Author(s): ElShamy SM
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Abstract OBJECTIVE: The purpose of this study was to investigate the effects of whole-body vibration training on muscle strength and balance in children with diplegic cerebral palsy. DESIGN: Fifteen children were assigned to the experimental group, which received whole-body vibration training (9 mins per day, 5 days per week). Another 15 were assigned to the control group, which participated in a traditional physical therapy exercise program for 3 successive months. Baseline and posttreatment assessments were performed using the Biodex isokinetic dynamometer to evaluate the knee extensors peak torque at 60 degrees per second and 90 degrees per second and using the Biodex balance system to evaluate stability index. RESULTS: The children in the experimental group showed a significant improvement when compared with those in the control group (P < 0.001). The peak torque at 60 degrees per second and 90 degrees per second after treatment was 28.8 ± 0.45 and 47.5 ± 0.7 N · m and 30.9 ± 0.68 and 54.2 ± 1.7 N · m for the control and the experimental group, respectively. The overall stability index after treatment was 2.75 and 2.2 for the control group and the experimental group, respectively. CONCLUSIONS: Whole-body vibration training may be a useful tool for improving muscle strength and balance in children with diplegic cerebral palsy.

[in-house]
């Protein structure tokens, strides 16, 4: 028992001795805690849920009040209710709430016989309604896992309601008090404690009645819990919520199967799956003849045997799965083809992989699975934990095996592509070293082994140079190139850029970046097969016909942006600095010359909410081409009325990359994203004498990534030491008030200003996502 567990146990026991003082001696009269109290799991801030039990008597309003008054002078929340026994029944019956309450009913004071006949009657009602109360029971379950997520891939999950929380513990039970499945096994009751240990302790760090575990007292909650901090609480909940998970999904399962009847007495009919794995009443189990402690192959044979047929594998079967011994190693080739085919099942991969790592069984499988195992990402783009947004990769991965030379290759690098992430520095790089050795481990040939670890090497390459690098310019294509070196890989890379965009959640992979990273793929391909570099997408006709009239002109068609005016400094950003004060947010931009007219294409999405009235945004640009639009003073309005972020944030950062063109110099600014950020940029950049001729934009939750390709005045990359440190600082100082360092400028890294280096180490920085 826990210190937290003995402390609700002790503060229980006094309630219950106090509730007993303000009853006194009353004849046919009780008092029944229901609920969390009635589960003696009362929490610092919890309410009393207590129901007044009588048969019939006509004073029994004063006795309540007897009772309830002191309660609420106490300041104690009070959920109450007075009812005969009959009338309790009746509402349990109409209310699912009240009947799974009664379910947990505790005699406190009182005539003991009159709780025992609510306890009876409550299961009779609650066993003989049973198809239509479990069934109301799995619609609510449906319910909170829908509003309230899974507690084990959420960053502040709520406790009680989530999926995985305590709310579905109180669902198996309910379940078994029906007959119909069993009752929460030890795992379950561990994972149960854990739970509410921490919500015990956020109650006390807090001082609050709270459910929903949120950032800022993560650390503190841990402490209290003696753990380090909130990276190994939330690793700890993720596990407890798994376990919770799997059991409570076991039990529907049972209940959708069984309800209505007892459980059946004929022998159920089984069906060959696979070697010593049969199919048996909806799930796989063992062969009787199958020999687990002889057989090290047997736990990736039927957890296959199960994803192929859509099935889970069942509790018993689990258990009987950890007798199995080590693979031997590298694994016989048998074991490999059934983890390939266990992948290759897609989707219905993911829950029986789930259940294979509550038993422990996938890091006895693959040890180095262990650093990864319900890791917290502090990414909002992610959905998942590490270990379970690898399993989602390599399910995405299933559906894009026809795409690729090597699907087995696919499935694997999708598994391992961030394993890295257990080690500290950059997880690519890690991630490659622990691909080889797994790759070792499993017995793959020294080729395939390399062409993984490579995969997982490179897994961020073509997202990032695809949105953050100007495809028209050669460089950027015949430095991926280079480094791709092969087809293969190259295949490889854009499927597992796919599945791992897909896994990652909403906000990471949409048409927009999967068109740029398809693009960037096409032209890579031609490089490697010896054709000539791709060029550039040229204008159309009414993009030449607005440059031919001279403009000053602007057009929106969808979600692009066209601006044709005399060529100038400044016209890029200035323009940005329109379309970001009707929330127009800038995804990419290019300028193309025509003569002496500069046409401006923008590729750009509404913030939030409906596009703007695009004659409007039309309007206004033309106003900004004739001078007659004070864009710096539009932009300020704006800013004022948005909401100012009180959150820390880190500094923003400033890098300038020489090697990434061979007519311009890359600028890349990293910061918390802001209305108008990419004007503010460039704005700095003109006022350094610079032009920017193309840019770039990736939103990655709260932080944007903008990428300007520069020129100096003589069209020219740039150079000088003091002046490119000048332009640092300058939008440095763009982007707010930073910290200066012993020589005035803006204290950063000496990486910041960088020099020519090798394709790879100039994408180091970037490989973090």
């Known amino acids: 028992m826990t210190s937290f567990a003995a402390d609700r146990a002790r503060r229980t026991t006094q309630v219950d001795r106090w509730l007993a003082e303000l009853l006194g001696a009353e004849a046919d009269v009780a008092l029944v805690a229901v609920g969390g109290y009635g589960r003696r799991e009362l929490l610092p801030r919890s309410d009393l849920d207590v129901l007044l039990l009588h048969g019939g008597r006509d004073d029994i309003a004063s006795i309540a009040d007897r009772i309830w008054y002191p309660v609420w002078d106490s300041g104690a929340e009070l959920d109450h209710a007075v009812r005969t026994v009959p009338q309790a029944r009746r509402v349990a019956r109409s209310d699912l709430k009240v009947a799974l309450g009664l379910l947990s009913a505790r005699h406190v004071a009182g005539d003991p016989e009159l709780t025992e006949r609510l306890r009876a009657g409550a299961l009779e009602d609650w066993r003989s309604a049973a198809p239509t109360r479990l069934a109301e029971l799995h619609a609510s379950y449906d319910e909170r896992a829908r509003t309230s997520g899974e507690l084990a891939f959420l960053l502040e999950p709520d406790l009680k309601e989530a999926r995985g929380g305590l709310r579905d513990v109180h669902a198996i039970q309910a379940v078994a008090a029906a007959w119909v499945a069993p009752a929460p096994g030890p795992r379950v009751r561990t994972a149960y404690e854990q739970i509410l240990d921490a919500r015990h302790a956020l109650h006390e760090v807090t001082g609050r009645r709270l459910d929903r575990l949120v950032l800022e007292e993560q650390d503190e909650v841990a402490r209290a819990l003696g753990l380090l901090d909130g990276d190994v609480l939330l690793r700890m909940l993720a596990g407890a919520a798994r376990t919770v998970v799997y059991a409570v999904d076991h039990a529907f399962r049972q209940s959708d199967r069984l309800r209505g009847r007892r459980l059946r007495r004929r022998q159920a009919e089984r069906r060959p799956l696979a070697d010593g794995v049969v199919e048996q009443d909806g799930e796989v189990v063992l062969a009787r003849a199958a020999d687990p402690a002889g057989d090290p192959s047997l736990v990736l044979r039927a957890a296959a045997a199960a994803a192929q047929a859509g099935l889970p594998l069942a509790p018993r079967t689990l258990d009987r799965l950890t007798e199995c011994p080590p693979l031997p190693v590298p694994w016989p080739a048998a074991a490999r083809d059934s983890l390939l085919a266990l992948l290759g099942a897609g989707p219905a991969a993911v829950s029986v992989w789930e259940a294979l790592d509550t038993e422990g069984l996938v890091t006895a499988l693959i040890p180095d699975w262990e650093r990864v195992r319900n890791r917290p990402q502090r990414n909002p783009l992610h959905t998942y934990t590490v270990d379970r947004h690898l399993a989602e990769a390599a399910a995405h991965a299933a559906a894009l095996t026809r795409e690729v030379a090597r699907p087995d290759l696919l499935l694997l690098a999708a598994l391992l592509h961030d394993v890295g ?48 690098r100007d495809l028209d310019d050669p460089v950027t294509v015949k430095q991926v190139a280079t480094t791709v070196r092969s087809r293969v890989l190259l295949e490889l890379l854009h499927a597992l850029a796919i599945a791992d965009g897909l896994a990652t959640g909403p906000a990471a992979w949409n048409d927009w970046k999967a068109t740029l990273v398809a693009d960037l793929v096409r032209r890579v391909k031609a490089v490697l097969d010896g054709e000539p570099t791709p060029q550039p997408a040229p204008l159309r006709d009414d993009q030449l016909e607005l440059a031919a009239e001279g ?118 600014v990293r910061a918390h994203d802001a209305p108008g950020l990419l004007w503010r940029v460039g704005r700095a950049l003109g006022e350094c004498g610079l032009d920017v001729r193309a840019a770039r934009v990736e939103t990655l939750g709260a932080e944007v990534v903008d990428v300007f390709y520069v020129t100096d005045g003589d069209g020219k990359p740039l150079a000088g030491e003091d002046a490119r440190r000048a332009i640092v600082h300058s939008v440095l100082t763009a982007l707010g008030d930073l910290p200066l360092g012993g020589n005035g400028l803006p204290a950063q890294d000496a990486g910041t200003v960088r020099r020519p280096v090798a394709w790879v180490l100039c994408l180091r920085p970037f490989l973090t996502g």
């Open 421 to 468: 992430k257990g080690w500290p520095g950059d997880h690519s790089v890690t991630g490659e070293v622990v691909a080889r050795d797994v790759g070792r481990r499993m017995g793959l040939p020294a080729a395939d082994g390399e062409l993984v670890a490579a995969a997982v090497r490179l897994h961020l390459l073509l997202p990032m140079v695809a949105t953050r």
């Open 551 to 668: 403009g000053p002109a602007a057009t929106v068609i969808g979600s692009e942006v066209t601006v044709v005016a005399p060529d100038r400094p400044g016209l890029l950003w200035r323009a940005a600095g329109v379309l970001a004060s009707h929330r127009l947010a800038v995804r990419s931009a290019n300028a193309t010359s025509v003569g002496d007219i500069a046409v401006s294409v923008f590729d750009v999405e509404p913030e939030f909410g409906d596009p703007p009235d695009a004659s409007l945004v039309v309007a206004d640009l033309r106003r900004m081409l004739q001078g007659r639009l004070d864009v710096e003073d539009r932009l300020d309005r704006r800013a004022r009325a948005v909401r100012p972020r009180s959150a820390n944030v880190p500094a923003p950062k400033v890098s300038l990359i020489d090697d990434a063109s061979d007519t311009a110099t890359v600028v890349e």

This article was published in Am J Phys Med Rehabil
and referenced in Journal of Health & Medical Informatics